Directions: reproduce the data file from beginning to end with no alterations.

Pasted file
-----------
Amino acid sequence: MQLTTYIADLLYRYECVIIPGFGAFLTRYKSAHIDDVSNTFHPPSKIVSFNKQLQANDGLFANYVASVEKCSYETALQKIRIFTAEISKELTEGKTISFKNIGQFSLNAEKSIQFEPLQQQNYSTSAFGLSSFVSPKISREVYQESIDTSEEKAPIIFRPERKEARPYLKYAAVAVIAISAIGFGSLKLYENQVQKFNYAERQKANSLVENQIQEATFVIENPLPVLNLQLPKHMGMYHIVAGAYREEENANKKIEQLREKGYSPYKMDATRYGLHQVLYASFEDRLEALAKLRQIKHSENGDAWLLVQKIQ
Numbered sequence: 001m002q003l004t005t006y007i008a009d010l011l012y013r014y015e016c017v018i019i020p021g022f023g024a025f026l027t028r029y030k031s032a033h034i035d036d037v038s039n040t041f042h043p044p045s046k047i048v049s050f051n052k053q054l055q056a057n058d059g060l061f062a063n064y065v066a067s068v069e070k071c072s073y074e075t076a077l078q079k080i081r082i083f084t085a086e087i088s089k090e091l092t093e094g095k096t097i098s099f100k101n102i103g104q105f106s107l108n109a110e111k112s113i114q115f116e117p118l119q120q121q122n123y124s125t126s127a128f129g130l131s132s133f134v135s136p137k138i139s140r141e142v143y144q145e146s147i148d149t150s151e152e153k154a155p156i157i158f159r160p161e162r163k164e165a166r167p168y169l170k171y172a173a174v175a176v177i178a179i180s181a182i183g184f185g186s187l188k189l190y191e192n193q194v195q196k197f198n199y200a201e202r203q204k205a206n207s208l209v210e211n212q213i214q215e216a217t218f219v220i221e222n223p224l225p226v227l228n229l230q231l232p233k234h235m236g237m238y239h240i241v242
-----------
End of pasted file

Amino acid sequence: MQLTTYIADLLYRYECVIIPGFGAFLTRYKSAHIDDVSNTFHPPSKIVSFNKQLQANDGLFANYVASVEKCSYETALQKIRIFTAEISKELTEGKTISFKNIGQFSLNAEKSIQFEPLQQQNYSTSAFGLSSFVSPKISREVYQESIDTSEEKAPIIFRPERKEARPYLKYAAVAVIAISAIGFGSLKLYENQVQKFNYAERQKANSLVENQIQEATFVIENPLPVLNLQLPKHMGMYHIVAGAYREEENANKKIEQLREKGYSPYKMDATRYGLHQVLYASFEDRLEALAKLRQIKHSENGDAWLLVQKIQ
Numbered sequence: 001m002q003l004t005t006y007i008a009d010l011l012y013r014y015e016c017v018i019i020p021g022f023g024a025f026l027t028r029y030k031s032a033h034i035d036d037v038s039n040t041f042h043p044p045s046k047i048v049s050f051n052k053q054l055q056a057n058d059g060l061f062a063n064y065v066a067s068v069e070k071c072s073y074e075t076a077l078q079k080i081r082i083f084t085a086e087i088s089k090e091l092t093e094g095k096t097i098s099f100k101n102i103g104q105f106s107l108n109a110e111k112s113i114q115f116e117p118l119q120q121q122n123y124s125t126s127a128f129g130l131s132s133f134v135s136p137k138i139s140r141e142v143y144q145e146s147i148d149t150s151e152e153k154a155p156i157i158f159r160p161e162r163k164e165a166r167p168y169l170k171y172a173a174v175a176v177i178a179i180s181a182i183g184f185g186s187l188k189l190y191e192n193q194v195q196k197f198n199y200a201e202r203q204k205a206n207s208l209v210e211n212q213i214q215e216a217t218f219v220i221e222n223p224l225p226v227l228n229l230q231l232p233k234h235m236g237m238y239h240i241v242